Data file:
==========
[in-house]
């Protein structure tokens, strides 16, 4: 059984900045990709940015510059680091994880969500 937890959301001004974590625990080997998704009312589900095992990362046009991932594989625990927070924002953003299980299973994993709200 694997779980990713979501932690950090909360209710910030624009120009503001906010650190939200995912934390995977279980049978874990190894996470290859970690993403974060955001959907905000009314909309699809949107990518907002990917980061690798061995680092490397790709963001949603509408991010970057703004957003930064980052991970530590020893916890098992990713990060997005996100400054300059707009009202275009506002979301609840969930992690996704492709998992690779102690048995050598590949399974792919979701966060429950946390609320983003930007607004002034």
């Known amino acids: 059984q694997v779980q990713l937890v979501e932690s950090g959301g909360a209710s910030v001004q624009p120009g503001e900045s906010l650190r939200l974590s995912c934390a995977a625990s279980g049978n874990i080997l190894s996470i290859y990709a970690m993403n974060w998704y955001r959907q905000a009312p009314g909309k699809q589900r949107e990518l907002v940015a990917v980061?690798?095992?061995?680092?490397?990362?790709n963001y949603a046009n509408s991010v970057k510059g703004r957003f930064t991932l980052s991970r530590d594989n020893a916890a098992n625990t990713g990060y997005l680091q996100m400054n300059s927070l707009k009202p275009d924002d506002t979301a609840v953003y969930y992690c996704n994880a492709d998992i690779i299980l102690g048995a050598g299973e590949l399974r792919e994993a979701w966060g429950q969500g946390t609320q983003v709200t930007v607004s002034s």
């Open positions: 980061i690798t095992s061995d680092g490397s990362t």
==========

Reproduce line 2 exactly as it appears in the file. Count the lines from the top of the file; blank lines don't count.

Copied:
């Protein structure tokens, strides 16, 4: 059984900045990709940015510059680091994880969500 937890959301001004974590625990080997998704009312589900095992990362046009991932594989625990927070924002953003299980299973994993709200 694997779980990713979501932690950090909360209710910030624009120009503001906010650190939200995912934390995977279980049978874990190894996470290859970690993403974060955001959907905000009314909309699809949107990518907002990917980061690798061995680092490397790709963001949603509408991010970057703004957003930064980052991970530590020893916890098992990713990060997005996100400054300059707009009202275009506002979301609840969930992690996704492709998992690779102690048995050598590949399974792919979701966060429950946390609320983003930007607004002034």